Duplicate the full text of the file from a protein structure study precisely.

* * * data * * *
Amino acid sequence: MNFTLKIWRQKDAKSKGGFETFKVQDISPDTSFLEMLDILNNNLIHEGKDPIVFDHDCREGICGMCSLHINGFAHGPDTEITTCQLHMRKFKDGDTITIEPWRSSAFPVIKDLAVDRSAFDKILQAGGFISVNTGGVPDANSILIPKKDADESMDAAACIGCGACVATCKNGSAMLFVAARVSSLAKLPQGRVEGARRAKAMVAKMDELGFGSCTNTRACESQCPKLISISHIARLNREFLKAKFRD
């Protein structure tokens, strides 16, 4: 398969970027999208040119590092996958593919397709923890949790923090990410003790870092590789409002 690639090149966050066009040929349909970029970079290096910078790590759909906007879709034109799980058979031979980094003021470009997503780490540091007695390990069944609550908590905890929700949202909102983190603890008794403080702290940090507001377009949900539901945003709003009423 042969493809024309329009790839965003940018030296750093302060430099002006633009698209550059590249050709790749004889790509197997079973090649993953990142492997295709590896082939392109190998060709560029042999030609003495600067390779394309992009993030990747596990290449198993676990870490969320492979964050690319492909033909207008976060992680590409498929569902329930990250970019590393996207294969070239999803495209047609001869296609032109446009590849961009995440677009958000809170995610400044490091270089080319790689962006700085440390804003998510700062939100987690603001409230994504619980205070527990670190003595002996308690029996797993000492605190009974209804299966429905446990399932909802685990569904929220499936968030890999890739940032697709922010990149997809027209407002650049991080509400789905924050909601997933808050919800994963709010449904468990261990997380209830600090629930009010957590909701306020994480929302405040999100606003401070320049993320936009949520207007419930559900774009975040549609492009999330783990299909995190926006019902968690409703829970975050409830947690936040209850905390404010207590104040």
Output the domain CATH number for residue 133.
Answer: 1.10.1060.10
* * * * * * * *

Amino acid sequence: MNFTLKIWRQKDAKSKGGFETFKVQDISPDTSFLEMLDILNNNLIHEGKDPIVFDHDCREGICGMCSLHINGFAHGPDTEITTCQLHMRKFKDGDTITIEPWRSSAFPVIKDLAVDRSAFDKILQAGGFISVNTGGVPDANSILIPKKDADESMDAAACIGCGACVATCKNGSAMLFVAARVSSLAKLPQGRVEGARRAKAMVAKMDELGFGSCTNTRACESQCPKLISISHIARLNREFLKAKFRD
């Protein structure tokens, strides 16, 4: 398969970027999208040119590092996958593919397709923890949790923090990410003790870092590789409002 690639090149966050066009040929349909970029970079290096910078790590759909906007879709034109799980058979031979980094003021470009997503780490540091007695390990069944609550908590905890929700949202909102983190603890008794403080702290940090507001377009949900539901945003709003009423 042969493809024309329009790839965003940018030296750093302060430099002006633009698209550059590249050709790749004889790509197997079973090649993953990142492997295709590896082939392109190998060709560029042999030609003495600067390779394309992009993030990747596990290449198993676990870490969320492979964050690319492909033909207008976060992680590409498929569902329930990250970019590393996207294969070239999803495209047609001869296609032109446009590849961009995440677009958000809170995610400044490091270089080319790689962006700085440390804003998510700062939100987690603001409230994504619980205070527990670190003595002996308690029996797993000492605190009974209804299966429905446990399932909802685990569904929220499936968030890999890739940032697709922010990149997809027209407002650049991080509400789905924050909601997933808050919800994963709010449904468990261990997380209830600090629930009010957590909701306020994480929302405040999100606003401070320049993320936009949520207007419930559900774009975040549609492009999330783990299909995190926006019902968690409703829970975050409830947690936040209850905390404010207590104040």
Output the domain CATH number for residue 133.
Answer: 1.10.1060.10